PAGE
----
(crossposted from The Big Idea)
During the last six weeks, I’ve watched the skyline change as skyscrapers are gently, almost lovingly reduced to twisted piles of metal and rubble. I’ve listened as people passed their stories to me, over cups of tea or sitting side by side in a bus. I’ve walked around the streets, marvelling at snow, marvelling at mist. Mostly marvelling at how this city creeps up on your affections. I think I understand why against the advice of their ‘away’ friends, people are determined to stay here.
There’s no doubt that Christchurch is still hurting. At night, my apartment in the CBD becomes an island – there’s few shops within walking distance, and even fewer places to find food. Like a body whose heart has ceased to pump, the blood is pooling in the peripheries – places like Addington and Riccarton, formerly unknown for night life. Through a simple combination of geography and seismic luck, tiny office units, outdated buildings and cold garages in these areas have suddenly become the ultimate in real estate. There are stories of people putting down huge deposits, sight unseen, for 4-5 year business leases in buildings that previously would have stayed empty.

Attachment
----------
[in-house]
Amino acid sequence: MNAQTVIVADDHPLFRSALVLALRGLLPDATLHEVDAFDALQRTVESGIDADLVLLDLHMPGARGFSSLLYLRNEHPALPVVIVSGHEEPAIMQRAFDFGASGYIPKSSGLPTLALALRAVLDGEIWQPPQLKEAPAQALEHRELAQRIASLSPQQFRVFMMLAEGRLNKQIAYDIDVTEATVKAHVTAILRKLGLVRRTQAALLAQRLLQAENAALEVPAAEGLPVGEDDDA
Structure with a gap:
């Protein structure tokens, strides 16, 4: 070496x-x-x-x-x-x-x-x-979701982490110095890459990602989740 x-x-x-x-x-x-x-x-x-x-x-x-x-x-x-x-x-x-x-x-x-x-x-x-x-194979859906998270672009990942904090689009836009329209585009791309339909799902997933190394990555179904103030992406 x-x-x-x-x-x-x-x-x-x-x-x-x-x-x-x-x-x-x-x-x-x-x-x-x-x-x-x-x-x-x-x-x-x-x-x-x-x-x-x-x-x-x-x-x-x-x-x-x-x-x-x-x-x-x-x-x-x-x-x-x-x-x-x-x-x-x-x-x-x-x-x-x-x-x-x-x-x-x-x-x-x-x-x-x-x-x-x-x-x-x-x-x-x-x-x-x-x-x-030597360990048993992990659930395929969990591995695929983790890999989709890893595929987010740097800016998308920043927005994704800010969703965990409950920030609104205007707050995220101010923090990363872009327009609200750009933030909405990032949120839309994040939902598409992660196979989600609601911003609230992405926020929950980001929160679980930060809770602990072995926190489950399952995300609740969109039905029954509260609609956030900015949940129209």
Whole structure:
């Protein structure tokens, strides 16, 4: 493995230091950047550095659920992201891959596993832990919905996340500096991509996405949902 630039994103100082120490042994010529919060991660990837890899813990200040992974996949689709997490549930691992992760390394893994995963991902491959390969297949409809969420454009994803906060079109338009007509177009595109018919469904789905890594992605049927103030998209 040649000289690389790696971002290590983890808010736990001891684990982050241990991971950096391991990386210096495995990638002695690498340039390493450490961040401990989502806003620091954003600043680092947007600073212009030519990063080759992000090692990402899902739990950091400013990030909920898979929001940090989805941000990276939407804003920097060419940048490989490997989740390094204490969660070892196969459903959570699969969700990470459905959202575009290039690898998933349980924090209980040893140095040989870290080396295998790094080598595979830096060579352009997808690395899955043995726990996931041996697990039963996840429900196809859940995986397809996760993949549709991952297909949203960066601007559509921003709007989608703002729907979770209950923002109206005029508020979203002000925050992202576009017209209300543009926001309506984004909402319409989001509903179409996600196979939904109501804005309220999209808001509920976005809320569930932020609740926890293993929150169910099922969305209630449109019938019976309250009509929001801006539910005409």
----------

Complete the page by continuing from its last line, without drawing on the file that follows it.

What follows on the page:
The squeeze on available buildings has meant even less space is available for those who can’t pay commercial rates. So theatre groups are finding it hard to get venues, poets have nowhere to hold readings as their favoured bookshop shuts down and artists can’t find cheap studios. But oddly enough, the destruction of traditional arts venues has allowed smaller spaces to flourish, and the cultural blossoming of the most unlikely suburbs.
Gaby Montejo has been my guide to the local visual arts scene. I met Gaby through Metonymy, a two month collaboration project in which artists and writers who don’t know each other are paired to work on a project. Over the last month, Gaby’s been guiding me around the city, enabling such finds as the local Buddhist vegetarian restaurant (super tasty) and street art flowering on walls beside demolished spaces. He’s also shown me two of the remaining ‘galleries’ in town: the working studio space in the School of Fine Arts at the University of Canterbury, and ABC gallery, a tiny gallery consisting of two rooms adjoining studio space in the industrial suburb of Addington.